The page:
The Secret to How These Companies Win

The following video is taken from an interview that Motley Fool analyst Brendan Byrnes recently had with Seth Godin, author of The Icarus Deception. Godin is also a talented public speaker, marketing guru, blogger, entrepreneur, and respected thought leader.

Seth's forward-thinking and contrarian views are critical considerations for finding success in life, business, and investing. It's the same approach our own chief investment officer, Andy Cross, took when selecting The Motley Fool's Top Stock for 2013. Uncover his market-beating thoughts in a new free report. Just click here now for instant access.

Transcript: 

Brendan Byrnes: Let's talk about the impact overall, on companies. Obviously, not everyone can own their own business or be a self-starter in that sense. Some people are going to have to work for corporations.

We've seen the "conscious capitalism" movement, which is purpose over profit for all stakeholders, not just shareholders, employees included -- Whole Foods, Costco, Southwest Airlines, Google, embracing these. Do you think that this helps companies as well, when they embrace these thoughts?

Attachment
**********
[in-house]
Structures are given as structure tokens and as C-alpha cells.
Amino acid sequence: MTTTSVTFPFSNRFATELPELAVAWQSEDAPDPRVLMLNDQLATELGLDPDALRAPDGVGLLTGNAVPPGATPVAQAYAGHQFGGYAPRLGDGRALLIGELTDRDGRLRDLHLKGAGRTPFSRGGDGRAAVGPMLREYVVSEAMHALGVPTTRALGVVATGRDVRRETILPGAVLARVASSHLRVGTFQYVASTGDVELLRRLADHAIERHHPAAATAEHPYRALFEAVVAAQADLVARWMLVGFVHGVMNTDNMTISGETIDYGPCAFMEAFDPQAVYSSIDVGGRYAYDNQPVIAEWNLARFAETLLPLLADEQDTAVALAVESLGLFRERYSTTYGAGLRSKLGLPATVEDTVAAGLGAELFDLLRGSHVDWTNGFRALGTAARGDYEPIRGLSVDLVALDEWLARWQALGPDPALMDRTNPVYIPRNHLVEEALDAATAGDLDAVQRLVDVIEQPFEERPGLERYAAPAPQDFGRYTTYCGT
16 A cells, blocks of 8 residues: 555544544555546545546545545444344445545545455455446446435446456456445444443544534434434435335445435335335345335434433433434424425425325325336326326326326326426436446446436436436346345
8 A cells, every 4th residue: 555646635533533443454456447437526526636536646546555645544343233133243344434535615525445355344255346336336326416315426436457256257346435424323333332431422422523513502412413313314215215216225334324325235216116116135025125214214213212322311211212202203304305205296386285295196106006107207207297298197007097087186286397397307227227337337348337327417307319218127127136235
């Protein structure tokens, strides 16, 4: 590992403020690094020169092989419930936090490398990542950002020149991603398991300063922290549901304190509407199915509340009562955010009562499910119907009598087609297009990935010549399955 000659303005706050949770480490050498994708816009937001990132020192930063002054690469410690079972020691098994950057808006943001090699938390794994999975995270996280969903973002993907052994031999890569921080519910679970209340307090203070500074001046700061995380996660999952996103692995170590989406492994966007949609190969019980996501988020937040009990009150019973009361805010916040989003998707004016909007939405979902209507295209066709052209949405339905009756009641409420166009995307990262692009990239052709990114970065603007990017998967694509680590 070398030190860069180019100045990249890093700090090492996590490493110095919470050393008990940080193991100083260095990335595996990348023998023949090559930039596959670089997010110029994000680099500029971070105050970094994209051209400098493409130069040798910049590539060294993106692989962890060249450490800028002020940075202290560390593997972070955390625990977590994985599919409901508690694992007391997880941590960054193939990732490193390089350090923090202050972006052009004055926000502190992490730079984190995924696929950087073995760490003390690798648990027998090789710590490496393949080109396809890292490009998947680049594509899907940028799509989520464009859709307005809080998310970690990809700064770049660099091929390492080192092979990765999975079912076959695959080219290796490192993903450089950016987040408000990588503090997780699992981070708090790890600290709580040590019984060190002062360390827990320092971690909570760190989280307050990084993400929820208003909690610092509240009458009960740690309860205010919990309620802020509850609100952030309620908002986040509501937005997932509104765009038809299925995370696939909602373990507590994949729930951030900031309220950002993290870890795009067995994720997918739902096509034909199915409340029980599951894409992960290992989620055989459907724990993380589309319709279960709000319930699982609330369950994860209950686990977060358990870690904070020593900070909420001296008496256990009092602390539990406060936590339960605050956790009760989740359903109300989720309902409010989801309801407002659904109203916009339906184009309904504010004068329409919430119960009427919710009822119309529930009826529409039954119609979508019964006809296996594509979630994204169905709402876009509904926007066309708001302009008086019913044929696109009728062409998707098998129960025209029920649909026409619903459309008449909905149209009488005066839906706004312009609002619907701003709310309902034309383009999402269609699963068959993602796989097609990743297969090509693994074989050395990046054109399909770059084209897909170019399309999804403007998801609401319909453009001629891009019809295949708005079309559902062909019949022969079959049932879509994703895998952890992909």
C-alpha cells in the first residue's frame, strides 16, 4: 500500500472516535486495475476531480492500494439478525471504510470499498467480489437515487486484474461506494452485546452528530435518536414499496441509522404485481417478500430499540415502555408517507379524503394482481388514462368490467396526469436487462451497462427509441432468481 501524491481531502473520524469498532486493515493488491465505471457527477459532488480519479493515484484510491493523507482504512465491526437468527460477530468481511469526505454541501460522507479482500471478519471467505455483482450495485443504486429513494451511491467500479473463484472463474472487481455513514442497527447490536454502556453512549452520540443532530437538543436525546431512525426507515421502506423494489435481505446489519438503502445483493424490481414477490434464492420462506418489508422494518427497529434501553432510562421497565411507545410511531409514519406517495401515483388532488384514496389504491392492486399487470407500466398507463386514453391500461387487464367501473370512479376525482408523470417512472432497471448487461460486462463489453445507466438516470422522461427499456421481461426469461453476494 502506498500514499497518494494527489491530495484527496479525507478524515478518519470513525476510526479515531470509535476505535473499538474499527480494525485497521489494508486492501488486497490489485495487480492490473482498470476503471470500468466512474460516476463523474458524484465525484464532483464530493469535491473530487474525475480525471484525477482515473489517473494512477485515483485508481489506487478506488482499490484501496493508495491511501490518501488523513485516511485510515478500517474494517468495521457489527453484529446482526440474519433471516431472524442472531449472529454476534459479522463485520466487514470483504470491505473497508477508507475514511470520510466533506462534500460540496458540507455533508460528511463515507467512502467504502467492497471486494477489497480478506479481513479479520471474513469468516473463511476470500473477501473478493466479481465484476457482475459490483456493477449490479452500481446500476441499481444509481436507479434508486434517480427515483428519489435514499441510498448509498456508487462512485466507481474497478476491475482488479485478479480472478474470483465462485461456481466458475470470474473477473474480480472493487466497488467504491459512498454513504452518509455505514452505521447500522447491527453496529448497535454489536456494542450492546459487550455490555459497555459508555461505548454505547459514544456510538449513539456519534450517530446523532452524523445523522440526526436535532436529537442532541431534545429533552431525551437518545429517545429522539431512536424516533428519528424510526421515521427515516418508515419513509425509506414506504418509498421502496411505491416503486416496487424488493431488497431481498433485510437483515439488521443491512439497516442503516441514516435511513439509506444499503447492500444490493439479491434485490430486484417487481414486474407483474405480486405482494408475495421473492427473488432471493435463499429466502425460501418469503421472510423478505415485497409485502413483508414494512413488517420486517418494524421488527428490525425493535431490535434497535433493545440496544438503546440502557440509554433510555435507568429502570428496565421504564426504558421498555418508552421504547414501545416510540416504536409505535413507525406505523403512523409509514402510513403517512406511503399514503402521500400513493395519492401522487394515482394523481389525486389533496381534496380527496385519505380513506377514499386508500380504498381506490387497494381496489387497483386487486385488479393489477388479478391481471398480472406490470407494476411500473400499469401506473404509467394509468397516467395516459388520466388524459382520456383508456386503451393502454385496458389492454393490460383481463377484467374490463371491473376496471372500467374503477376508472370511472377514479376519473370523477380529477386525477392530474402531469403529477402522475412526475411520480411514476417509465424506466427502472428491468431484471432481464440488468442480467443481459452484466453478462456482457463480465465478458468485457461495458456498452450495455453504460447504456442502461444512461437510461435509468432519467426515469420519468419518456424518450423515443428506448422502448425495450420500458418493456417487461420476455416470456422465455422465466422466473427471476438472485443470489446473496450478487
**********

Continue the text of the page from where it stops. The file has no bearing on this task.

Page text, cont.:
Seth Godin: I want to start by saying, some people have to shovel crap and do horrible jobs, but it doesn't have to be you. Let's start with that. These doors are open.

That doesn't mean you have to be an entrepreneur. There are plenty of people inside organizations who are making this art. What I'm arguing from an economics point of view is this: If your company makes what someone else makes, you are in a race to the bottom.

If you say, "We're just like them, but a little cheaper," you're in a race to the bottom, and when that happens, you're in trouble because you might win, and it's no fun.

The companies that are going to win are the ones that are in a race to the top. The way you race to the top is by creating connections that other people aren't making, by innovating in ways that other people aren't innovating.

When that culture starts to hit the ground running -- Nike launches two or three new shoe models every morning, and two or three more every afternoon -- when you start creating that cycle, then progress gets made.


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